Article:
We are a coalition of NGOs, academics, activists, women’s rights defenders, journalists, artists, filmmakers and peacebuilders. We are working to get our Afghan colleagues and families, who are under direct threat from the Taliban, to safety. They have worked to bring peace to Afghanistan over the last 20 years, have fought for the rights of all Afghans, and especially women, girls and minority groups in direct opposition to the Taliban. They now come to us for help because nobody came for them.
Afghanistan’s country code is +93. My phone lights up—day and night. I cannot bear to answer, knowing I have no answers. I cannot bear to ignore them. “I hope you are not tired,” they say. “Sorry to bother you,” “Thank you for thinking of us,” and “If they find me, they’ll rip me apart, please take my children.” Their graciousness, dignity, apologies for disturbing our lives, to help save theirs, are humbling and haunting.
I run a nonprofit supporting women’s peacebuilding organizations in 40 conflict-affected countries worldwide. We’ve had Afghan partners for years. They dedicate their lives to caring for their communities, running shelters for violence survivors, training women police officers, documenting the failures of the allied efforts for the security sector, advocating for rights and justice and setting up networks of men to prevent violence. Their reach extends nationwide.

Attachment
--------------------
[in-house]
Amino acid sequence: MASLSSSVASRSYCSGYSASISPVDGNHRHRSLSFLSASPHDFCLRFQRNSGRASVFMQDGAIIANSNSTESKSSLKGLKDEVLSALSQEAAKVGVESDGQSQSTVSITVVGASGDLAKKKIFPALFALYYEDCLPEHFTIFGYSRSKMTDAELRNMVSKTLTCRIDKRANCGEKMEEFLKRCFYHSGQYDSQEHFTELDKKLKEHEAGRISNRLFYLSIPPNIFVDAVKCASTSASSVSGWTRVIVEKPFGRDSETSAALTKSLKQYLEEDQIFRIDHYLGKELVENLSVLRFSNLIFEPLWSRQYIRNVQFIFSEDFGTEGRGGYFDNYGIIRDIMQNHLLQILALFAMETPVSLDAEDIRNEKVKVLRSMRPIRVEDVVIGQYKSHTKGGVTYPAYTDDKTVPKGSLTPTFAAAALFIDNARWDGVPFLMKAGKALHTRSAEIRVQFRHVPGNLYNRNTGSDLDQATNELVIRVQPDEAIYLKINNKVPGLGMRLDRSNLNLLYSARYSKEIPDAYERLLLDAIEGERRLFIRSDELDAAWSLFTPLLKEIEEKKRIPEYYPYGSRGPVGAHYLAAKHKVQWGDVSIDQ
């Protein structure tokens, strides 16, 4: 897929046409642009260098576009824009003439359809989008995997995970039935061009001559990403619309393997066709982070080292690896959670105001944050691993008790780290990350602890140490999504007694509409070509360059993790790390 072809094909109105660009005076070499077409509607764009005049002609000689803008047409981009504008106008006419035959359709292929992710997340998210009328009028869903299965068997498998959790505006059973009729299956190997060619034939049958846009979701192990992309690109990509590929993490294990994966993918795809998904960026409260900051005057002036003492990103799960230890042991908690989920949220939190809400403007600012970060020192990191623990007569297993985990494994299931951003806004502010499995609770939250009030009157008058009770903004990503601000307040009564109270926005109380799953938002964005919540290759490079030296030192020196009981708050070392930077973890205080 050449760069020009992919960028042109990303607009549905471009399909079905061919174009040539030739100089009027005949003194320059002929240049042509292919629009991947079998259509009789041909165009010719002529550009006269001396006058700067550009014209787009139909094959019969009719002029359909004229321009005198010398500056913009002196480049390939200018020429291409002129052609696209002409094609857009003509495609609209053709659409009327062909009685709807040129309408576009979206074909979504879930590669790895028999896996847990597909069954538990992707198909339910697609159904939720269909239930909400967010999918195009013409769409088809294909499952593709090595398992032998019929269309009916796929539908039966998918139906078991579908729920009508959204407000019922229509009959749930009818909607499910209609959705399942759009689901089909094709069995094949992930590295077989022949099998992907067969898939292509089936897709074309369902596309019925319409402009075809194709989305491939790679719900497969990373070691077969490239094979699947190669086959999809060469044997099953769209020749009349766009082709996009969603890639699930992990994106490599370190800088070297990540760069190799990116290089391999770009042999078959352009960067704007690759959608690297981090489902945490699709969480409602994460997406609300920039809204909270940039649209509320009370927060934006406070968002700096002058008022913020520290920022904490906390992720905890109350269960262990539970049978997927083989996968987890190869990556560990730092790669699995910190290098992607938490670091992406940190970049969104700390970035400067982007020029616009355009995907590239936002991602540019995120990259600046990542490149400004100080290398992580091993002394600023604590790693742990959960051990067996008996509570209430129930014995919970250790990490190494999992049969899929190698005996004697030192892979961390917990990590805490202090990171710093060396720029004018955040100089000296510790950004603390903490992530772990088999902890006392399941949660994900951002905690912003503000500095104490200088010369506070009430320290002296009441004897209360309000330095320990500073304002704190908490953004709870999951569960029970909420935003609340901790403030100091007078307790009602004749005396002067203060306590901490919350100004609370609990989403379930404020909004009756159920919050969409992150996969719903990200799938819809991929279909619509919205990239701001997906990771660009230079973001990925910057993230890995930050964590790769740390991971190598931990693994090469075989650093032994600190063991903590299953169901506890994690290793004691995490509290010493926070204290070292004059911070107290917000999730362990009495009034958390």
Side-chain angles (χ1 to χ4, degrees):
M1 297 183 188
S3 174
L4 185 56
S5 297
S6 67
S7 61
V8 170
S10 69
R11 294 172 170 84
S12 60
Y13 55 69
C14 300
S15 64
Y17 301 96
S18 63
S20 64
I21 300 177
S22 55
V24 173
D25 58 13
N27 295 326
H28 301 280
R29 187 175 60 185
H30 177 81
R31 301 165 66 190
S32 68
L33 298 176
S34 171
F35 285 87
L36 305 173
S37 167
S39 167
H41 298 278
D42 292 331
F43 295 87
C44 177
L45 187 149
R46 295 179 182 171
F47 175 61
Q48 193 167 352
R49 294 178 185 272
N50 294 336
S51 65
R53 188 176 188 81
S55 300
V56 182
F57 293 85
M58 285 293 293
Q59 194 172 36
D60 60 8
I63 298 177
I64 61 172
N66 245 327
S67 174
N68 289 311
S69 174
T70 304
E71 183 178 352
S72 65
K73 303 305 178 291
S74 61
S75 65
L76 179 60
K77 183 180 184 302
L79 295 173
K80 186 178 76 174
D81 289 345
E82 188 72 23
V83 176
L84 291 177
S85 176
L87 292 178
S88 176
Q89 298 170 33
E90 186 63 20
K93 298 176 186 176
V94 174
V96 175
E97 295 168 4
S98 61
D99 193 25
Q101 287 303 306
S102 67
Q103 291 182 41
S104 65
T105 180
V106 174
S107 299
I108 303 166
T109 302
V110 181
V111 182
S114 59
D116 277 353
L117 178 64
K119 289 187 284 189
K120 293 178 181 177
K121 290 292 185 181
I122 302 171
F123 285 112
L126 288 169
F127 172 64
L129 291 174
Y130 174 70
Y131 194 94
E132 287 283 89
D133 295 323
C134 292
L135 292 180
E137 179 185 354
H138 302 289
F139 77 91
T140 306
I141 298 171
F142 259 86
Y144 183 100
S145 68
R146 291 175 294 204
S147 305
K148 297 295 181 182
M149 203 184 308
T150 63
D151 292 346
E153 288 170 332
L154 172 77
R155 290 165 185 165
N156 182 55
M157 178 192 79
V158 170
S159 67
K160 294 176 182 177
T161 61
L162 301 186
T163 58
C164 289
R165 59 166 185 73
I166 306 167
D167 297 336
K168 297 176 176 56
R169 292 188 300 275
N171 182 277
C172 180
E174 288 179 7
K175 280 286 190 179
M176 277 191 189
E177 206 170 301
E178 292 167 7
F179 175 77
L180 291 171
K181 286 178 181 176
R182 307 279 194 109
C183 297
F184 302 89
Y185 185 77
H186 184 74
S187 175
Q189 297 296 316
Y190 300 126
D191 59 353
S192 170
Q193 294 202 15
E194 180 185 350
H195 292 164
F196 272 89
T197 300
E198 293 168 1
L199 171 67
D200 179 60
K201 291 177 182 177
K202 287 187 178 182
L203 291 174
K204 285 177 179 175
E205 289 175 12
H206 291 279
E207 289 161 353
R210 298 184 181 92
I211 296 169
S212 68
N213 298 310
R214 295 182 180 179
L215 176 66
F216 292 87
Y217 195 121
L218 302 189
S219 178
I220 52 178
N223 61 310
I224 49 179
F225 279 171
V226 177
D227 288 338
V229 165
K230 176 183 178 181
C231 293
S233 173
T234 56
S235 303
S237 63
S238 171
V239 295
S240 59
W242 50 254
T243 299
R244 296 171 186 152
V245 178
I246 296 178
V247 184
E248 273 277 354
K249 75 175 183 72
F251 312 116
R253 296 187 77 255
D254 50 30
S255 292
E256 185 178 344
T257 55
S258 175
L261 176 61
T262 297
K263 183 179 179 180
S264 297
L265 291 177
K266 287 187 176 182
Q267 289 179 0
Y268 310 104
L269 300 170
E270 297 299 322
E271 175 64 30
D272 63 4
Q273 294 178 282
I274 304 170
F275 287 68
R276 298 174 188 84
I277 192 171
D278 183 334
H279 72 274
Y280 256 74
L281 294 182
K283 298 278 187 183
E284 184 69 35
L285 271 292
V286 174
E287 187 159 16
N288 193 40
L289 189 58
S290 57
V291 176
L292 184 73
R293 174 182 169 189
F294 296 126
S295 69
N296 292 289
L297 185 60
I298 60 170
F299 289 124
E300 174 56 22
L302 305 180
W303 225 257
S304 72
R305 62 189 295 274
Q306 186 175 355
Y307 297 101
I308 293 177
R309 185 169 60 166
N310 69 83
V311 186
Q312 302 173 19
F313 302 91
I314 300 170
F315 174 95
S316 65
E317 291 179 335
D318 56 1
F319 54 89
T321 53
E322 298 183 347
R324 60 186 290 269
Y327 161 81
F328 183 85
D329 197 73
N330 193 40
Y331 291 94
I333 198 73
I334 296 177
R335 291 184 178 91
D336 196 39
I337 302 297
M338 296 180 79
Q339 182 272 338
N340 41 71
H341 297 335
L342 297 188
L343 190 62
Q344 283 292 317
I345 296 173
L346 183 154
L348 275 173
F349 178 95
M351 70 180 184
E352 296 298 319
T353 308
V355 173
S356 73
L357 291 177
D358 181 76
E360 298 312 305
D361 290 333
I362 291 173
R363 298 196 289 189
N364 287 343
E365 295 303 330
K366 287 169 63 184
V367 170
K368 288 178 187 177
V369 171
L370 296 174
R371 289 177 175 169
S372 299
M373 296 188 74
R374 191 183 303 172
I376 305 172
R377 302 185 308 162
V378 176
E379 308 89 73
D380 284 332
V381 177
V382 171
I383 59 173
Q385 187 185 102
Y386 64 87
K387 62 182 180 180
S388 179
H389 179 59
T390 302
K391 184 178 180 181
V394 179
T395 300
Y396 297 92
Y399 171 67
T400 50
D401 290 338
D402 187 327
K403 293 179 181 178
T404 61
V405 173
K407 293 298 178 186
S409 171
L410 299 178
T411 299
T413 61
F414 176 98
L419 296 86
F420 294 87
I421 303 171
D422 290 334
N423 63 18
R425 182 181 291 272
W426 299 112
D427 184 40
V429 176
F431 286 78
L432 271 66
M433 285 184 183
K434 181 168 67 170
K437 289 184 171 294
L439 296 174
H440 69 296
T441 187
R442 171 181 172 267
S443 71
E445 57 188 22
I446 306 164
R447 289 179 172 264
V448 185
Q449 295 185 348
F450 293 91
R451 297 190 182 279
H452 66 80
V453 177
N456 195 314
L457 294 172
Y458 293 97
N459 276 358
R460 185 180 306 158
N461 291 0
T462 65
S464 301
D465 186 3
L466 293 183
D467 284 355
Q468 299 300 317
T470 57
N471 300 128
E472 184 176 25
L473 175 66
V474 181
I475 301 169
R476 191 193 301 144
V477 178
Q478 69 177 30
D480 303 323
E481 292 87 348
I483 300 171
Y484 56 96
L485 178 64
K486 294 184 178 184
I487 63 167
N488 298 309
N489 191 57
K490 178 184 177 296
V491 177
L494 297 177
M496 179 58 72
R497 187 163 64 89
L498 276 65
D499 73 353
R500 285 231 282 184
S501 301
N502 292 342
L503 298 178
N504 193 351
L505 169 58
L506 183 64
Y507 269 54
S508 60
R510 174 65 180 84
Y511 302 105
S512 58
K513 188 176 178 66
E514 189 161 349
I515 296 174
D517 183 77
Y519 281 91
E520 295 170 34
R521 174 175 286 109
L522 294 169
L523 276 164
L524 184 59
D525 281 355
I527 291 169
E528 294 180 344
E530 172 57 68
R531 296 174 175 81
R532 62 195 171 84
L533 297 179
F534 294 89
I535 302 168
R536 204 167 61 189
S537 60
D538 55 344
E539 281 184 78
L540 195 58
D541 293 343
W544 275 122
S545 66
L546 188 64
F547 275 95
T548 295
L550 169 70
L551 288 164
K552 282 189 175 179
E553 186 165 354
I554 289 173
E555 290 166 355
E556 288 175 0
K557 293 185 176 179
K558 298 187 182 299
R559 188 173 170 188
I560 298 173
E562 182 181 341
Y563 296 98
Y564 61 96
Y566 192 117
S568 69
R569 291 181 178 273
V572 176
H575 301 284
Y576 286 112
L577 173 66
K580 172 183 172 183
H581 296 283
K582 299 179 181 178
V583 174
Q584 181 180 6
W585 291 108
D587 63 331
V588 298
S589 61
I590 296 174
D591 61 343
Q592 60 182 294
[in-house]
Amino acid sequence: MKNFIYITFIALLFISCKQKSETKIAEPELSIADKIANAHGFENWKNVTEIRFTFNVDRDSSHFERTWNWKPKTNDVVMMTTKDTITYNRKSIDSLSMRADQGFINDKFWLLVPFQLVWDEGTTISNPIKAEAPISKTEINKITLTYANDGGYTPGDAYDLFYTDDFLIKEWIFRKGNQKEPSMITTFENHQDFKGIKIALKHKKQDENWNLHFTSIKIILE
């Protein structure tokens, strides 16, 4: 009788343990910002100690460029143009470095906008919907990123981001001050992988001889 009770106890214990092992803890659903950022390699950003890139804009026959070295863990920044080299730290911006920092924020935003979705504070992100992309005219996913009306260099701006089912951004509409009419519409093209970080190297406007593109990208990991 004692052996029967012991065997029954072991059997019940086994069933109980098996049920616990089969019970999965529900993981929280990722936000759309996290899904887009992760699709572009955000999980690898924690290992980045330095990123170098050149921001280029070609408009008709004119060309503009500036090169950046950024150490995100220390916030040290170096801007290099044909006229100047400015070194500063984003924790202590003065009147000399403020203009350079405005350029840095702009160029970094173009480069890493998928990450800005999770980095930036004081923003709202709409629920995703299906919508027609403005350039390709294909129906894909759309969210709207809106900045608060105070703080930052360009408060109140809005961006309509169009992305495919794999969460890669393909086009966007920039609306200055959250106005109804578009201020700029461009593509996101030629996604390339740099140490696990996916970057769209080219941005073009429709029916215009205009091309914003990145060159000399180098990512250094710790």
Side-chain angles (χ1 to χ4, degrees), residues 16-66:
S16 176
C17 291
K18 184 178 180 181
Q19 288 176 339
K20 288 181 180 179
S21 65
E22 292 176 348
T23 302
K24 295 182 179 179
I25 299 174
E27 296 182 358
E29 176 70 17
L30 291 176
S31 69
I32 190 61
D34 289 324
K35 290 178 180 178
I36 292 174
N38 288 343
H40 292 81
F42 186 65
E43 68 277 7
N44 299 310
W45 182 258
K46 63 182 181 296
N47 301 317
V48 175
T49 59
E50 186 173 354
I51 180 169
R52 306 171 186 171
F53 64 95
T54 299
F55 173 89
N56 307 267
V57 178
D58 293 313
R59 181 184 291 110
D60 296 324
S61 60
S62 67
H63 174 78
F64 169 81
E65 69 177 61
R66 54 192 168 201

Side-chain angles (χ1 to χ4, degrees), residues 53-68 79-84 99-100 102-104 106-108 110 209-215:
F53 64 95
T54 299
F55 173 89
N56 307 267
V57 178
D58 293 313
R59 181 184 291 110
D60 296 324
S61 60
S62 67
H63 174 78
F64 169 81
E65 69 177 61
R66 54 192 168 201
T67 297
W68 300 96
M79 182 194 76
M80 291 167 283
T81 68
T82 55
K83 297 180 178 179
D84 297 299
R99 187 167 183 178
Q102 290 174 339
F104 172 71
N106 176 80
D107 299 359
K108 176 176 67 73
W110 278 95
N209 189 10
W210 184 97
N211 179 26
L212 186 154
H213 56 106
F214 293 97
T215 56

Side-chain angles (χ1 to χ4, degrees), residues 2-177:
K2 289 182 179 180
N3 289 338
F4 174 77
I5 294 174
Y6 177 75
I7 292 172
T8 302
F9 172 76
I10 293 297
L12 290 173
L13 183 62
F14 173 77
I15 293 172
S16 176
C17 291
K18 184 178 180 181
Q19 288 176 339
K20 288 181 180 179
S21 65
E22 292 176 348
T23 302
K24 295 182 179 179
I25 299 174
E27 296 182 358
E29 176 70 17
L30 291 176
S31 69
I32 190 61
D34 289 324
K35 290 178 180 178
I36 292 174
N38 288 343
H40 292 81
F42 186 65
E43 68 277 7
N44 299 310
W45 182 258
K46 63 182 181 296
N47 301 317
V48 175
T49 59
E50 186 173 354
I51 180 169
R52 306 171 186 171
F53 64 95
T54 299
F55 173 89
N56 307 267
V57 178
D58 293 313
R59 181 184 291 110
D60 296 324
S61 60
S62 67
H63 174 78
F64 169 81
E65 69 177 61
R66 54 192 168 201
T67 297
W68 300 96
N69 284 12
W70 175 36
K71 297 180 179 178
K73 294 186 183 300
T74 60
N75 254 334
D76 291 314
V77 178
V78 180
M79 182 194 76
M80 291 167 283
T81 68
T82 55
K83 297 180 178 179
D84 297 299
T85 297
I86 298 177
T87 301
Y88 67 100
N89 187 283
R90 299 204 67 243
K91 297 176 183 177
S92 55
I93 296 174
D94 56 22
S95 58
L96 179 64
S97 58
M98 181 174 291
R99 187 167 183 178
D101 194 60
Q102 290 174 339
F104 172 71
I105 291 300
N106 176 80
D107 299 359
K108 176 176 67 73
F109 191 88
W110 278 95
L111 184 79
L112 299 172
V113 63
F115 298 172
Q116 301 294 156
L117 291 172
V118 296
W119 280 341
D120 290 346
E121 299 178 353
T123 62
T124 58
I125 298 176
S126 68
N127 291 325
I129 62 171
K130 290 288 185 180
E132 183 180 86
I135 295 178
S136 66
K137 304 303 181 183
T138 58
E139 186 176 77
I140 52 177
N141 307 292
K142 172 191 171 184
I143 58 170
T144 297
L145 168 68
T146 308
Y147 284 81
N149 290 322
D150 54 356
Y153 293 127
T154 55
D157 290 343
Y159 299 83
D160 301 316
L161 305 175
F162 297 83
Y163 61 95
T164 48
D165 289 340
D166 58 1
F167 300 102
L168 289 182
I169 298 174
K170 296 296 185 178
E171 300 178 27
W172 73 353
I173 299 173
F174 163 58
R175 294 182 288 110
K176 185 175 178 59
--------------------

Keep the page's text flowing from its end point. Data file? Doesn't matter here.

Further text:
A female journalist receives a call warning that they “will come soon.” A woman lawmaker sits and waits for her killers. A little girl wonders how much longer her school gates will remain open.
For Afghanistan’s women and girls, this is the terrifying uncertainty they now find themselves in.
As Taliban leaders tell international media they “don’t want women to be victimized,” a more sinister reality is unfolding on the ground.
Talking to Sheena McKenzie at CNN about what the Taliban takeover could mean for women and girls in Afghanistan, ICAN’s founder and CEO, Sanam Naraghi Anderlini, warns: “Once the diplomats leave, the journalists leave, the international NGOs leave, they are going to basically lock the doors… God knows what we’ll see then.”
ICAN Founder and CEO, Sanam Naraghi Anderlini, speaks to Danny DeCrescenzo and Annemarie LePard for WRHU-FM Hofstra University Radio on the current crisis situation in Afghanistan.
We called for the international community to listen to Afghan women peacebuilders.
Our partners risked their own lives to speak at the United Nations, the European Union, the International Criminal Court, in the United States, and elsewhere. They warned of the reality in the Afghan forces, informed the world of needs on the ground, and offered recommendations and practical actions. They repeatedly asked for the chance to negotiate their own fate at the peace tables in Doha and elsewhere. They were never granted such an opportunity. Rather, they were willfully ignored and excluded.